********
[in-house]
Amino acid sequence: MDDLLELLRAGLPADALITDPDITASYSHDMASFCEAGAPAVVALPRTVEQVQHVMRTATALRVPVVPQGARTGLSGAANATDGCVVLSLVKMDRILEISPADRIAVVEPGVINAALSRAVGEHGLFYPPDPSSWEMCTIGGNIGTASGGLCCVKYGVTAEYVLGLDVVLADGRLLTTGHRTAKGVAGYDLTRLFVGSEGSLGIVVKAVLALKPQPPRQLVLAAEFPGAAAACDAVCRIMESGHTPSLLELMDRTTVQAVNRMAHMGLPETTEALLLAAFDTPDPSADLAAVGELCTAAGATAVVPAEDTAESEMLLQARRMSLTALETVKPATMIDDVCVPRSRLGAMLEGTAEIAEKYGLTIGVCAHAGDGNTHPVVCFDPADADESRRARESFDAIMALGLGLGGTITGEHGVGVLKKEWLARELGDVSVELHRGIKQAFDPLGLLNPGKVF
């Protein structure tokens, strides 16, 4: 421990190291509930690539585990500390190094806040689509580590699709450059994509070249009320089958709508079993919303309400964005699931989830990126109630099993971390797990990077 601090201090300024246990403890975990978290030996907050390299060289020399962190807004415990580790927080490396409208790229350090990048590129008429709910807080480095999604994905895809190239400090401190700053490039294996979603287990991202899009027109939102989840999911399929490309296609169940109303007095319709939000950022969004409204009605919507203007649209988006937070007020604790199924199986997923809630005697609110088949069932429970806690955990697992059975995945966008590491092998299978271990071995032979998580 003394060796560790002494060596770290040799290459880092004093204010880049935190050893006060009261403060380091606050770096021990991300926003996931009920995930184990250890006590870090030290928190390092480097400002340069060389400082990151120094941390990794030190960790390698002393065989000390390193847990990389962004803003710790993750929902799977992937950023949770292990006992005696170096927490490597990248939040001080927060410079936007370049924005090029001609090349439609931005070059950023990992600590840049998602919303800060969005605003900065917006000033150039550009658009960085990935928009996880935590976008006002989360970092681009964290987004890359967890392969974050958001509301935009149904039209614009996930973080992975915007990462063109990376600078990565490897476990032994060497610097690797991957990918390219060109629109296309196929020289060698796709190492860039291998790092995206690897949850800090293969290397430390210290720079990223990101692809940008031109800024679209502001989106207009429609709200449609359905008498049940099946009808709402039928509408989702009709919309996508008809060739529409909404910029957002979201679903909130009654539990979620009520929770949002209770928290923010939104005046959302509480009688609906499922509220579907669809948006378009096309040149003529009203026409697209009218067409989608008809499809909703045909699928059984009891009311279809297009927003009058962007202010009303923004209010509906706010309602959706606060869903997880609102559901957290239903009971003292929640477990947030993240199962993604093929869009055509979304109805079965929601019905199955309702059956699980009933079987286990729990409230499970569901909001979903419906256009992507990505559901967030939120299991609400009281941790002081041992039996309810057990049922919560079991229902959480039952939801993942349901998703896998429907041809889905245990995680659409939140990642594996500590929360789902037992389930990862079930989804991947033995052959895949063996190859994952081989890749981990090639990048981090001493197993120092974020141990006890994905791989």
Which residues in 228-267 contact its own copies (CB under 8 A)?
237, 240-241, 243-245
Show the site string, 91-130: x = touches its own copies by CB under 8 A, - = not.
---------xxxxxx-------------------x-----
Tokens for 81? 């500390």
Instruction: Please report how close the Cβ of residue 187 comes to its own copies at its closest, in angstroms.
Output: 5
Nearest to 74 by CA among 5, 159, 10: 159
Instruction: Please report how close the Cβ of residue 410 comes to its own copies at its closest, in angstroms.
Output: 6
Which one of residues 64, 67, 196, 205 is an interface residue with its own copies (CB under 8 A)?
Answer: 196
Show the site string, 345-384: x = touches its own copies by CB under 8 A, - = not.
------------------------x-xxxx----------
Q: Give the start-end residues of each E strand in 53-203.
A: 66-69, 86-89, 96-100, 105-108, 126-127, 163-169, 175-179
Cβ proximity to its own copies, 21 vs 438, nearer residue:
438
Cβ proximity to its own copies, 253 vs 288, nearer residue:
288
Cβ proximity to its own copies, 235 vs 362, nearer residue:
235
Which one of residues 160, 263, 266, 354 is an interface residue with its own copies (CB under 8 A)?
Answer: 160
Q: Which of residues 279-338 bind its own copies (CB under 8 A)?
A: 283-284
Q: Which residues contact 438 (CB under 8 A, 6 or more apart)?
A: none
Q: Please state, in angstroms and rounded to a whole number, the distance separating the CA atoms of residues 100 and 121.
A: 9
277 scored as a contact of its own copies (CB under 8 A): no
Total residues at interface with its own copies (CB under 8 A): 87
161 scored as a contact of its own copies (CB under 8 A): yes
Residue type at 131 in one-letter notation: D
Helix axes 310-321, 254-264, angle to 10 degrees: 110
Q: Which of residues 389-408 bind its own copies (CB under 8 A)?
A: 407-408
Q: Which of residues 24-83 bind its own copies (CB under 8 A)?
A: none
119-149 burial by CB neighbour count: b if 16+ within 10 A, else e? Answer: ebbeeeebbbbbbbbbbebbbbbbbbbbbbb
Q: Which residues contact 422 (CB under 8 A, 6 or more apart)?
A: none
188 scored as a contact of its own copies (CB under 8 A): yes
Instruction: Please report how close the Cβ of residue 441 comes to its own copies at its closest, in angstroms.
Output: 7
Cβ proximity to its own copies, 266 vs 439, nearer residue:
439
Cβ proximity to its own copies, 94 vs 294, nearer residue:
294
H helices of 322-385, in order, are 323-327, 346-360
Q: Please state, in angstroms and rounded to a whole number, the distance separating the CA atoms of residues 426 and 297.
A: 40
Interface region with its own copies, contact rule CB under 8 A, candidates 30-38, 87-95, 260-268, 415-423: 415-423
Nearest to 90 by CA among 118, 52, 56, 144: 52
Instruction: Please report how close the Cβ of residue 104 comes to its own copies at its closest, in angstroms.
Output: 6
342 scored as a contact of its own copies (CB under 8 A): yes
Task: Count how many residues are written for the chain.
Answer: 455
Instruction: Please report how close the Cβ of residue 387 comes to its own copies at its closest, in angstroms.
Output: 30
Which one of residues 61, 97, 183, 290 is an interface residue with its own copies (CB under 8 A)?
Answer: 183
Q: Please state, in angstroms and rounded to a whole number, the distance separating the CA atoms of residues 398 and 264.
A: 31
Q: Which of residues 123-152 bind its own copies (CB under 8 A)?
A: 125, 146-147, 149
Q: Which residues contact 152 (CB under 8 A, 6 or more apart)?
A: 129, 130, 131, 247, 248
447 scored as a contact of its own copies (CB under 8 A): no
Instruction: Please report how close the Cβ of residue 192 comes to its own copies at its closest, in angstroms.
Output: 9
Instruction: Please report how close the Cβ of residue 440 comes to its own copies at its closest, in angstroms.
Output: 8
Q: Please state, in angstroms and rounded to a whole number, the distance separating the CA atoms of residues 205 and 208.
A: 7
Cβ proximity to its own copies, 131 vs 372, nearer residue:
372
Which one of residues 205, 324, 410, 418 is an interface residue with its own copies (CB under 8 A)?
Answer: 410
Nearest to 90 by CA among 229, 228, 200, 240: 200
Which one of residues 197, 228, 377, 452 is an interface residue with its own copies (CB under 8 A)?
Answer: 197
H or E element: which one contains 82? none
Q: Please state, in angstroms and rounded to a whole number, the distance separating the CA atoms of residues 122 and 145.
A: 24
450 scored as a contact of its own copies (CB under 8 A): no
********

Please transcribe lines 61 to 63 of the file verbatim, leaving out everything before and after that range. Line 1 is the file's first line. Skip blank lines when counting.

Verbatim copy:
Task: Count how many residues are written for the chain.
Answer: 455
Instruction: Please report how close the Cβ of residue 387 comes to its own copies at its closest, in angstroms.